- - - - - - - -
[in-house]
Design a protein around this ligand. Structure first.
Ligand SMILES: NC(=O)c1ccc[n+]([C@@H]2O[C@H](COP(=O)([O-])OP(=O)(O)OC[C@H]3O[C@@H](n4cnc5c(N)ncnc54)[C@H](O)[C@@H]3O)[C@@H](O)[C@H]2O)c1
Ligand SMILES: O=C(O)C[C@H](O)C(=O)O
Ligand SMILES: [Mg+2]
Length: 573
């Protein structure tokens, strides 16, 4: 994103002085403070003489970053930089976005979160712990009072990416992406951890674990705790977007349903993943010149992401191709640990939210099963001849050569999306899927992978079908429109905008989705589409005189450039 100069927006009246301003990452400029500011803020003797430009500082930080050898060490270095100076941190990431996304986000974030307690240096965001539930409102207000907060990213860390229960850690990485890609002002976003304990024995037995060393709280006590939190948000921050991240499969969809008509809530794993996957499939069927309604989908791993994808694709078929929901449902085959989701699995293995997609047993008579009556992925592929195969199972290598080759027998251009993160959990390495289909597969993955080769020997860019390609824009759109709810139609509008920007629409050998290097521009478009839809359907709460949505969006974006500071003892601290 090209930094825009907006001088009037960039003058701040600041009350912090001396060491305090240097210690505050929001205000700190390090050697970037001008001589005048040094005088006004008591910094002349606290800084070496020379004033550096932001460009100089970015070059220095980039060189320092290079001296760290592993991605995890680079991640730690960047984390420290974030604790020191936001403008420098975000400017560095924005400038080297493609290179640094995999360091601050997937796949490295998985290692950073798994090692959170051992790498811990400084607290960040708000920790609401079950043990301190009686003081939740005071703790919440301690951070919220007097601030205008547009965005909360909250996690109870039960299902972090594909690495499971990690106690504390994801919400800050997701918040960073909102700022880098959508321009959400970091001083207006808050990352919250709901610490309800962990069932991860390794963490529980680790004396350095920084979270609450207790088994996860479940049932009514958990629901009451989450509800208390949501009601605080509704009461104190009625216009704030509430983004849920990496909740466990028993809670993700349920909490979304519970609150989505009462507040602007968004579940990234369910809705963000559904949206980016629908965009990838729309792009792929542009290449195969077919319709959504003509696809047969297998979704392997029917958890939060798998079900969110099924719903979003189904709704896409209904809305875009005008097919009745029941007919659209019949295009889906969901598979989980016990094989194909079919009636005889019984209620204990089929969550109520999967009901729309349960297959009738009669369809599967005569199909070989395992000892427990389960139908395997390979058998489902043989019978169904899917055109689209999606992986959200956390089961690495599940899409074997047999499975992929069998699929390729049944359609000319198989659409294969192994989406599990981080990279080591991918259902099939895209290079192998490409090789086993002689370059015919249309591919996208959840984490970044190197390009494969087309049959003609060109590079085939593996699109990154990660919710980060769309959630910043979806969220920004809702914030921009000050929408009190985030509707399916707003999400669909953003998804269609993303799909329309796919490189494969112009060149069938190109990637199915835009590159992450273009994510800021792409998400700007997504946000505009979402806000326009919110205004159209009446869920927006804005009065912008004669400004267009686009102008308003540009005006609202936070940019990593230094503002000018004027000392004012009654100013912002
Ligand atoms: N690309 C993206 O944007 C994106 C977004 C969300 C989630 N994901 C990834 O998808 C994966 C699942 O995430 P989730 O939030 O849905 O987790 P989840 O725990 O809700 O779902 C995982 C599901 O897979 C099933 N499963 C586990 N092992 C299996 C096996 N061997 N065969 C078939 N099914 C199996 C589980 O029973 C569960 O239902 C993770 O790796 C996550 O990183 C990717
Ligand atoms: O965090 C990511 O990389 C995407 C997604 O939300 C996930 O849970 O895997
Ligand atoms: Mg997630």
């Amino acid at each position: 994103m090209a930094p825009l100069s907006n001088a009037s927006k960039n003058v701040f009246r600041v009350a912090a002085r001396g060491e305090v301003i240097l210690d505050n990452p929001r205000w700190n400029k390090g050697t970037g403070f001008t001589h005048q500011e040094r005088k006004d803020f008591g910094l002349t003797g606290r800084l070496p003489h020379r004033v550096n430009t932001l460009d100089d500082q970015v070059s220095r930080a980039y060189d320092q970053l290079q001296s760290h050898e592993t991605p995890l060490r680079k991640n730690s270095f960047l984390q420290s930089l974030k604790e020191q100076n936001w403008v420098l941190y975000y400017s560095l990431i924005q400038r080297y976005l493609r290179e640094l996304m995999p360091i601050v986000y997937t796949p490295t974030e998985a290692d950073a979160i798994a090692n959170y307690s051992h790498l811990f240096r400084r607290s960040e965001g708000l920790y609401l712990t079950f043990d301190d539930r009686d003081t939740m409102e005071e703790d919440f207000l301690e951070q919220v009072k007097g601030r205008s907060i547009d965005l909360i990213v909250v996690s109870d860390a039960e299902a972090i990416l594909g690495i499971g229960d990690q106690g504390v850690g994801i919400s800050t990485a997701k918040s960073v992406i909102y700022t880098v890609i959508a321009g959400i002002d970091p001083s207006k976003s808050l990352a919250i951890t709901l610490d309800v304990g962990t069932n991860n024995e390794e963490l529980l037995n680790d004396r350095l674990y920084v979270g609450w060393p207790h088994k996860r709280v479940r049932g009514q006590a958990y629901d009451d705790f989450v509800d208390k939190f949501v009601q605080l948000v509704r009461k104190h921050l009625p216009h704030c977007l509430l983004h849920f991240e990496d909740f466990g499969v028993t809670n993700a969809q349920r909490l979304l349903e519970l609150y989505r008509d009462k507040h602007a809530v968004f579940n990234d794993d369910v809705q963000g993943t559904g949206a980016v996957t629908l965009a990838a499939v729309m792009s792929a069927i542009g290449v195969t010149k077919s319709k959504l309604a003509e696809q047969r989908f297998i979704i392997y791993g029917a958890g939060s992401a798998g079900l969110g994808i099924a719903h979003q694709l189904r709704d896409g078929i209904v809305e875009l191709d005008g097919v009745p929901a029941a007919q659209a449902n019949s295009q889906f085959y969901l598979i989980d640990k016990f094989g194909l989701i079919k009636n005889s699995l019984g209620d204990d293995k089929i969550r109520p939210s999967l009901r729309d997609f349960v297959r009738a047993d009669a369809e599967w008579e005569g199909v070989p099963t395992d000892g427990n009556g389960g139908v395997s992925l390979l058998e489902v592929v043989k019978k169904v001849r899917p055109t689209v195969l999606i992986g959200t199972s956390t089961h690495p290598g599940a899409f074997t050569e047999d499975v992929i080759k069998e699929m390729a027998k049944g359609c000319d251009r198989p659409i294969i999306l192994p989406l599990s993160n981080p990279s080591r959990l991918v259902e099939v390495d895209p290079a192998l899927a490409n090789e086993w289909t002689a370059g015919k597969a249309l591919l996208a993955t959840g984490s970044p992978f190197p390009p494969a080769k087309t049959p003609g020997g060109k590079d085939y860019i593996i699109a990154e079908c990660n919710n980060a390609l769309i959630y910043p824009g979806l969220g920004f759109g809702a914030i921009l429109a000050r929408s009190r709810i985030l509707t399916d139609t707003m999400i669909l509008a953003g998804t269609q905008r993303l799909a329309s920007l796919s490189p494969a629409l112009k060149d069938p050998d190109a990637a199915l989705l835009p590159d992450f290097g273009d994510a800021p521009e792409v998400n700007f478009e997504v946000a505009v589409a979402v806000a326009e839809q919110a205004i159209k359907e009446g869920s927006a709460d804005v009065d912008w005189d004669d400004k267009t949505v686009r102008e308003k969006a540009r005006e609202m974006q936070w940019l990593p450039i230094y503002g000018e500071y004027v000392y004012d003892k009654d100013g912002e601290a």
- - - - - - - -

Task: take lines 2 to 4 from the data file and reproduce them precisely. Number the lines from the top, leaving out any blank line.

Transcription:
Design a protein around this ligand. Structure first.
Ligand SMILES: NC(=O)c1ccc[n+]([C@@H]2O[C@H](COP(=O)([O-])OP(=O)(O)OC[C@H]3O[C@@H](n4cnc5c(N)ncnc54)[C@H](O)[C@@H]3O)[C@@H](O)[C@H]2O)c1
Ligand SMILES: O=C(O)C[C@H](O)C(=O)O